Friday, 11 October 2013

5 things I love about GIMP

GIMP stands for the Gnu Image Manipulation Program. It's a free piece of software that pretty much does any design work you could ask of it. My only limitation in working with it is that I often run up against the end of my knowledge, but that never seems to stay a problem for long, as you'll see. Here are my favourite things about it!

  1. It's free and open source! This means it is always without cost, and anyone with a code-monkey brain can fiddle with it and add new bits, and there are lots of those new bits floating around for anyone else to use as well. Native to Linux, it also does just fine on Windows.
  2. Imagine it? Then do it. If there's something I want to do in my design but I'm not sure how, it's a simple matter of hunting down one of the huge number of crowdsourced instructionals and following the steps until I get the gist of it. A search string like "gimp metal effect on layer" will bring up various results.
  3. Preset Logos aka Text Effects! These may sound scary, but essentially you can take any piece of text or a whole layer and apply a 3D effect to all of it. There are only a couple dozen presets, however when one considers that each can be tweaked in inexhaustible variations from the default, paired with the use of different colours and fonts and backgrounds and textures...Yeah. I ain't gonna run out of options.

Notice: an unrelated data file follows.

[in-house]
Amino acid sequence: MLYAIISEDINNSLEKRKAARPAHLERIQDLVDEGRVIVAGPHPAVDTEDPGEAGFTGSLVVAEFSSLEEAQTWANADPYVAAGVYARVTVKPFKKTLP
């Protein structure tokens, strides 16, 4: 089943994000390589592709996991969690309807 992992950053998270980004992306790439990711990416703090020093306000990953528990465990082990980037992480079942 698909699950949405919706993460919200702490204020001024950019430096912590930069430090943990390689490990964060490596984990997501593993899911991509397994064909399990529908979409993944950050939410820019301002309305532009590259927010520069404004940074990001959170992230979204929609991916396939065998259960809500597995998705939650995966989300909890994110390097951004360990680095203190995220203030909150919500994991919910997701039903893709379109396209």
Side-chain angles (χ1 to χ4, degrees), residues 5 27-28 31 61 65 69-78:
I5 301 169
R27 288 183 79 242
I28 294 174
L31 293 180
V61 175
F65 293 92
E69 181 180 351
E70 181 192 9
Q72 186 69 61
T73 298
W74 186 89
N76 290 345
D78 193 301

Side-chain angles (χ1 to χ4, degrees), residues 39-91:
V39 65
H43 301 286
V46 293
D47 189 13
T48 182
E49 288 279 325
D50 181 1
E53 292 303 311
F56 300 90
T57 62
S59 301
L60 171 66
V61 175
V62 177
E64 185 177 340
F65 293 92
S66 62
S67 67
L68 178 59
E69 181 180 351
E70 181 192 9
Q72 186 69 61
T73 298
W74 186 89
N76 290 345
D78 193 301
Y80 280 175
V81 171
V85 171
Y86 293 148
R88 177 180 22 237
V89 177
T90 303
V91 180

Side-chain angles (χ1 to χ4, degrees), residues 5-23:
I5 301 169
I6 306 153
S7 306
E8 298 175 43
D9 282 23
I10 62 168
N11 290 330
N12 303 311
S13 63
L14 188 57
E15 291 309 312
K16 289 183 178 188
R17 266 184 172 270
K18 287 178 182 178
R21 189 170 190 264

4. Standard Functions. Everything you expect in a graphics program, from sliding colour adjustments to freehand painting and line drawing with customisable brushes; sophisticated cloning tools, layer mechanisms, transparency, powerful undo options, filters and shadows, animated GIFs, perspective, alignment, and exporting to all standard image file types. It takes a while to learn it all, but every item works just as it should.
  5. It's fun! This may be more of a personal thing, but I very much enjoy the way the program is set up and the endless tweaking I can do on any project. Yes, in some ways it's like a pencil and paper; yes, it lacks physicality, but goes a good way towards making up for it in potential pizzazz.
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